By Henry Ehrlich
When allergy-related companies crop up in the business pages it’s usually for reasons that have nothing to do with medicine. For example, Mylan, which makes the life-saving epinephrine injector EpiPen™, made headlines not long ago for a deal to acquire a large stake in Abbott Laboratories with the express purpose of transferring its ownership overseas to the Netherlands to avoid paying billions of dollars in U.S. taxes, a bit of accounting sleight of hand known as an inversion.
Today, however, we learned that nickel—the metal not the coin—used in manufacturing high-tech consumer devices is causing an epidemic of contact dermatitis. The centers for disease control estimates that 10-20% of Americans are allergic to nickel. “In February,” according to the New York Times, “Fitbit, the maker of a popular brand of devices that measure physical activity, had to recall more than a million of its wristbands after receiving complaints about adverse skin reactions.” Other items that have begun to cause these reactions include mobile phones and even children’s wristwatches sold by Disney.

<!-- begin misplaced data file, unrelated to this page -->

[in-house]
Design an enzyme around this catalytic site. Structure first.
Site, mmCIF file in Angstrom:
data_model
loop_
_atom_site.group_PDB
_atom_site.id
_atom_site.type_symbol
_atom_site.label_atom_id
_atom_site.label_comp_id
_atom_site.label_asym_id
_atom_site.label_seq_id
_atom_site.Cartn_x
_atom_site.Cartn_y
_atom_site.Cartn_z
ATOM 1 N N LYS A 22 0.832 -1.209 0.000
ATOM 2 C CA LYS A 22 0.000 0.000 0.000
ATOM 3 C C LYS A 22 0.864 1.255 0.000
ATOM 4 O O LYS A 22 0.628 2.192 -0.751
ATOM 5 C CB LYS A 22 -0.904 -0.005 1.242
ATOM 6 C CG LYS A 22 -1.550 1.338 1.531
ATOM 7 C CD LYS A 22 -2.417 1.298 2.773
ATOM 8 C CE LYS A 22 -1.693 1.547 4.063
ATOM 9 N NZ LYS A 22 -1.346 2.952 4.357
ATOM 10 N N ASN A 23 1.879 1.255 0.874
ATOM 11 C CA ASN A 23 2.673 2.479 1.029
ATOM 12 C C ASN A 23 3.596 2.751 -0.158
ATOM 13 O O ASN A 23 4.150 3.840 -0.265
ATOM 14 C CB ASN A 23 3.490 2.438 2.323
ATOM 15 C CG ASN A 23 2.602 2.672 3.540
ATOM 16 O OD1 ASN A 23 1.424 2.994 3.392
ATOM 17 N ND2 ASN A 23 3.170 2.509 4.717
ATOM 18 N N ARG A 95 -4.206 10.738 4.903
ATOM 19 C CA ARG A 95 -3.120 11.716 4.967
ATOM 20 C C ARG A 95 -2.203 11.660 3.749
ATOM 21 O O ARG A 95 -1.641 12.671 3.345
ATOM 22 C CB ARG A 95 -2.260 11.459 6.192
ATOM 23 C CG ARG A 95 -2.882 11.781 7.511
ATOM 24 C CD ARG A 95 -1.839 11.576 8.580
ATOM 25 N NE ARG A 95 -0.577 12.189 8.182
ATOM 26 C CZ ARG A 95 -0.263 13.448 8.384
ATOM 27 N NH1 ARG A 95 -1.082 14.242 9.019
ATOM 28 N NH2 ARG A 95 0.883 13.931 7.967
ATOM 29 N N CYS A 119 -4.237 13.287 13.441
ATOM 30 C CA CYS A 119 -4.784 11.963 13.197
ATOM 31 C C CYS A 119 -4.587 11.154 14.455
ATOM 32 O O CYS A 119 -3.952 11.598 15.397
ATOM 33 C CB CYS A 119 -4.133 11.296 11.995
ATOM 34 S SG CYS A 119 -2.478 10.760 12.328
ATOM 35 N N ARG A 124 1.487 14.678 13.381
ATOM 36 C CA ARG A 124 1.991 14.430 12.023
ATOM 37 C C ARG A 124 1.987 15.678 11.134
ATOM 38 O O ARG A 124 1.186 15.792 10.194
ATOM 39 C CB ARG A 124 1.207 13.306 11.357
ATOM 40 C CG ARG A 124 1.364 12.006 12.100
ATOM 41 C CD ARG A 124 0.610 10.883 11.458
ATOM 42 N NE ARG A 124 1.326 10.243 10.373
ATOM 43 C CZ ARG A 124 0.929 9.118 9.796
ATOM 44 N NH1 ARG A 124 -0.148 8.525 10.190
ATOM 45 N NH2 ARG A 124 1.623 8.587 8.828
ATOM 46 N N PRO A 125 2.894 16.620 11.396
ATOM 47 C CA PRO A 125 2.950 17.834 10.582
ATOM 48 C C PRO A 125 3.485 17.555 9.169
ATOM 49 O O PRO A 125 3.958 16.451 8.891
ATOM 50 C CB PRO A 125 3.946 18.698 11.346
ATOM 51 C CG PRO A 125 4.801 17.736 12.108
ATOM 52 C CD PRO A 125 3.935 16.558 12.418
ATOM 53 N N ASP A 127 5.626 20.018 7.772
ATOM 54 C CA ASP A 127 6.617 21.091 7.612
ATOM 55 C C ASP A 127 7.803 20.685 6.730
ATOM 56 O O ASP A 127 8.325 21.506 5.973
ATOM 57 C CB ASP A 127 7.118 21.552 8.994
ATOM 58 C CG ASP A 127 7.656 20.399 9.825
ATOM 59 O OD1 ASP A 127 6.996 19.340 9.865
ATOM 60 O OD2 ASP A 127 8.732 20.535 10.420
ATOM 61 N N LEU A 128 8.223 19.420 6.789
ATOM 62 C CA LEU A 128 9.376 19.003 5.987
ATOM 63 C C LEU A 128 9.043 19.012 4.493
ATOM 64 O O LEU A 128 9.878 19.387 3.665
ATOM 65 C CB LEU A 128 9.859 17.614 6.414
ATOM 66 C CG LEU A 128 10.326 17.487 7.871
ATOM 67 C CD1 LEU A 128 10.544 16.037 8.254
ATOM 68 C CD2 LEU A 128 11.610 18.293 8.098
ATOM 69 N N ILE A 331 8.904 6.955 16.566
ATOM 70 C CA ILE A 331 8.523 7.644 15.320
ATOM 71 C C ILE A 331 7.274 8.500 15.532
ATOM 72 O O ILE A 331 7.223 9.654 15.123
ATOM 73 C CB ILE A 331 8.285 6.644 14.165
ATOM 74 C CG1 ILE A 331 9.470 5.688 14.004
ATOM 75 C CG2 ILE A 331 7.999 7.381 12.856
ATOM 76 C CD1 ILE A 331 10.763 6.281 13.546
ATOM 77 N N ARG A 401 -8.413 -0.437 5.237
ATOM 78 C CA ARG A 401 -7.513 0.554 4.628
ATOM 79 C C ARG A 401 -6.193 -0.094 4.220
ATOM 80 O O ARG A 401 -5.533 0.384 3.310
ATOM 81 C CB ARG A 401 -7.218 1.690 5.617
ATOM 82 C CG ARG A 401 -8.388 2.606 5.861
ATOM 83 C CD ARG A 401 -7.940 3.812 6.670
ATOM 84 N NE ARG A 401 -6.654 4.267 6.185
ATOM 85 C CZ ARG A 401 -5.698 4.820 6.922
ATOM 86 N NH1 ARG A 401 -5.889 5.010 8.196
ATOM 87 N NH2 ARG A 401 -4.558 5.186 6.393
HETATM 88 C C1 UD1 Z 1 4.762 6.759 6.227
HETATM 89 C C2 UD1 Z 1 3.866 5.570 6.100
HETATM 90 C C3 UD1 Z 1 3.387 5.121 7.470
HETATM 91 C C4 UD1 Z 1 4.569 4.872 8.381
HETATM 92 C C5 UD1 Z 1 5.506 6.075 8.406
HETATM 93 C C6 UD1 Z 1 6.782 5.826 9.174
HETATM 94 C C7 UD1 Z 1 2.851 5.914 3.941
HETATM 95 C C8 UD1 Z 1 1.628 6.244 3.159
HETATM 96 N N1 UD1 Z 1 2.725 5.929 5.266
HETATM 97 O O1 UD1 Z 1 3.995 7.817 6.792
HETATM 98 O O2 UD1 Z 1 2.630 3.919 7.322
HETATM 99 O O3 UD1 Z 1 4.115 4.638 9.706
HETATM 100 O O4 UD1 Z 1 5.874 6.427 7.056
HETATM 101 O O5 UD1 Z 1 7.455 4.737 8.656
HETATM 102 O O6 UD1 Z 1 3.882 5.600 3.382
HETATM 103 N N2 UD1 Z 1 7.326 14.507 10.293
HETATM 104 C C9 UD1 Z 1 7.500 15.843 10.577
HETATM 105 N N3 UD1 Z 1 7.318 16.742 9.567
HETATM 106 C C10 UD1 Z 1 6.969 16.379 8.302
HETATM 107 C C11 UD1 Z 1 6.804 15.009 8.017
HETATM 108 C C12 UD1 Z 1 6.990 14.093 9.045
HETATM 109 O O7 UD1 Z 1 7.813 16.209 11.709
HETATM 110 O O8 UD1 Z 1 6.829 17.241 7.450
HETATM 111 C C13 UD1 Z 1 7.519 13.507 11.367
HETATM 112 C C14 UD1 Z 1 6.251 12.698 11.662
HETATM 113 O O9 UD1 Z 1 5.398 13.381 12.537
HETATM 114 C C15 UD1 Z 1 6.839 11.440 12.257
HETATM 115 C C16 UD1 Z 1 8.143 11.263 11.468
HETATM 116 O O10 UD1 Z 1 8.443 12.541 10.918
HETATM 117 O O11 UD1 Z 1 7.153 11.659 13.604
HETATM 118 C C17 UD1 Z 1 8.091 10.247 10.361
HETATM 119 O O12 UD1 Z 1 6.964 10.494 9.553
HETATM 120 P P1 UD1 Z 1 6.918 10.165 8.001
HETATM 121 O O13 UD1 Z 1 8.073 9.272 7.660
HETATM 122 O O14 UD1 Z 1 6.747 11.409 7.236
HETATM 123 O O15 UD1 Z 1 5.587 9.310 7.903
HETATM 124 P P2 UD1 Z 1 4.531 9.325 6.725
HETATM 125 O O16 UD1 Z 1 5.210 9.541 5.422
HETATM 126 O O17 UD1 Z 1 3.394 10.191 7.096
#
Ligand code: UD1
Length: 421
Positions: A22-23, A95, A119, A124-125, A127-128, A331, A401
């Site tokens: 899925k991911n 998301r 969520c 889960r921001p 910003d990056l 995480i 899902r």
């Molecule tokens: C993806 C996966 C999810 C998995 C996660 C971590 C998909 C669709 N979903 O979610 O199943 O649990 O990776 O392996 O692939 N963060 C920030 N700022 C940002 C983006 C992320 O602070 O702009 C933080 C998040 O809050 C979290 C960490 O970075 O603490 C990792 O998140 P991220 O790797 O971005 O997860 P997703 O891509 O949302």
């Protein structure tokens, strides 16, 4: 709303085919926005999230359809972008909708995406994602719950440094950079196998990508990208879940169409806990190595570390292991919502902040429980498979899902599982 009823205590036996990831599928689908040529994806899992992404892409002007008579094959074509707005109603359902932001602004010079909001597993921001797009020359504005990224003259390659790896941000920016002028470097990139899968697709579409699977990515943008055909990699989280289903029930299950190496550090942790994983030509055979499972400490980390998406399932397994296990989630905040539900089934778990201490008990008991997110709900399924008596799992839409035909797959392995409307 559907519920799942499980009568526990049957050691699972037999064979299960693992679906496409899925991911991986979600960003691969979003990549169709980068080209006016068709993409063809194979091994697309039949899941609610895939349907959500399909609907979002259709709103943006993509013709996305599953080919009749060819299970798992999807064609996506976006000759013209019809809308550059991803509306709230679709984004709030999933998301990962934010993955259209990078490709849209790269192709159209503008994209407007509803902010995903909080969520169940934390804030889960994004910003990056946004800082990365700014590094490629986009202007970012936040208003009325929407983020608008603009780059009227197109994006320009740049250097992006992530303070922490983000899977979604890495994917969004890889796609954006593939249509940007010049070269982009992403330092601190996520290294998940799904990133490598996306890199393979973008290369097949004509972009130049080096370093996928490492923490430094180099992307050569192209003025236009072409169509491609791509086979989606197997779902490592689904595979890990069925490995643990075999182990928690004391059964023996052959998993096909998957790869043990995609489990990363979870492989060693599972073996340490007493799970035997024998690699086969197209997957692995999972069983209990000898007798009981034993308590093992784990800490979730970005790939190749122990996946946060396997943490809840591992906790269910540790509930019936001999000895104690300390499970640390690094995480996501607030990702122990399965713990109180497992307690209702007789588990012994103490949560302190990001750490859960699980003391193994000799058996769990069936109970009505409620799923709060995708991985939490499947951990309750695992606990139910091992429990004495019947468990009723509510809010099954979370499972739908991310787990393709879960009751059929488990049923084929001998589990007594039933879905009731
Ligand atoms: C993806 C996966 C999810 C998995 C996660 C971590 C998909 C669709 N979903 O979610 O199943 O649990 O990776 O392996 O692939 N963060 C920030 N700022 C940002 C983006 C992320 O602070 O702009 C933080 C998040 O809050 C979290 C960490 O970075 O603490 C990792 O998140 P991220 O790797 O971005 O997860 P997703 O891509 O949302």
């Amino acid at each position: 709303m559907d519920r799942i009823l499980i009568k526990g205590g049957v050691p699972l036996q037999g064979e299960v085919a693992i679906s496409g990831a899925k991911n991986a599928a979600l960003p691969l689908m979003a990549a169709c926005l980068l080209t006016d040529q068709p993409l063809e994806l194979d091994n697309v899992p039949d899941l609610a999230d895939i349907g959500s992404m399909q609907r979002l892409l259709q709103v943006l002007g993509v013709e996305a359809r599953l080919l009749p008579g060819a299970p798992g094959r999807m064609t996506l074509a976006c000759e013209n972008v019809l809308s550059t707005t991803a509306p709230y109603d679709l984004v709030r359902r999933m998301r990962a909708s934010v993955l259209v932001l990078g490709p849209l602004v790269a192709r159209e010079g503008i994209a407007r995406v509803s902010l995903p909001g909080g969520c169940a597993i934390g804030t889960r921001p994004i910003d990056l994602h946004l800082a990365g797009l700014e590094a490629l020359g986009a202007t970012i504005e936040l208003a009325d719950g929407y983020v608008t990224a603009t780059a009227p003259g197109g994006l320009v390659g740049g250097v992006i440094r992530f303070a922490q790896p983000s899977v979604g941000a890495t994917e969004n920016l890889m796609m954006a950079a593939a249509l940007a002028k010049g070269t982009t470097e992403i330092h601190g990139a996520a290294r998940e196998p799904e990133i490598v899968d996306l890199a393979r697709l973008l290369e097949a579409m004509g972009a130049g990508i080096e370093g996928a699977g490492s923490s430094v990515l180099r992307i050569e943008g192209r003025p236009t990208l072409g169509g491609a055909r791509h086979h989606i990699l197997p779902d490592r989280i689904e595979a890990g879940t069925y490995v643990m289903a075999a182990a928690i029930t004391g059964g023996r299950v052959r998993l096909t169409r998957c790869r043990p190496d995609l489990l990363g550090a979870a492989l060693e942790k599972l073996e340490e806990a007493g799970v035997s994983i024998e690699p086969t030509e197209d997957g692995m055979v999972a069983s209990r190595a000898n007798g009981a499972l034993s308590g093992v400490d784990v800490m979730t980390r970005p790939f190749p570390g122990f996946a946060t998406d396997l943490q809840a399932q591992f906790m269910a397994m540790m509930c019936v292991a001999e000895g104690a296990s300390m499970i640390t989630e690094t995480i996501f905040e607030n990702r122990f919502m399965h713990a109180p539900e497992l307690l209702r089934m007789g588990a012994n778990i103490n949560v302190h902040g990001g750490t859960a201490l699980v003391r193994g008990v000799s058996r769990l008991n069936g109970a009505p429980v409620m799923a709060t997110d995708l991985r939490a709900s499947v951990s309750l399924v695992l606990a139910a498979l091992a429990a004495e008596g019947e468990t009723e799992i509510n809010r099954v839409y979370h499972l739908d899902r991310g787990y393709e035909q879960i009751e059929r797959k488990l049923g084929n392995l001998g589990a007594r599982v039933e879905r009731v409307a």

We have been following the nickel issue at Asthma Allergies Children world headquarters for a long time. In our book published four years ago we wrote:
Nickel—a common element in gold earrings, rings, and, of course, coins—produces nickel dermatitis. In fact, as reported in the Science section of the New York Times in September 2002, Swiss scientists were predicting a large increase in contact dermatitis because of the design of the new Euro-denominated coins in European monetary union countries as the coins begin to wear down from regular use. The Swiss do not use the Euro but as experts in both pharmaceuticals and money, they keep on top of both subjects.
In Europe new regulations are in force, but not in the U.S.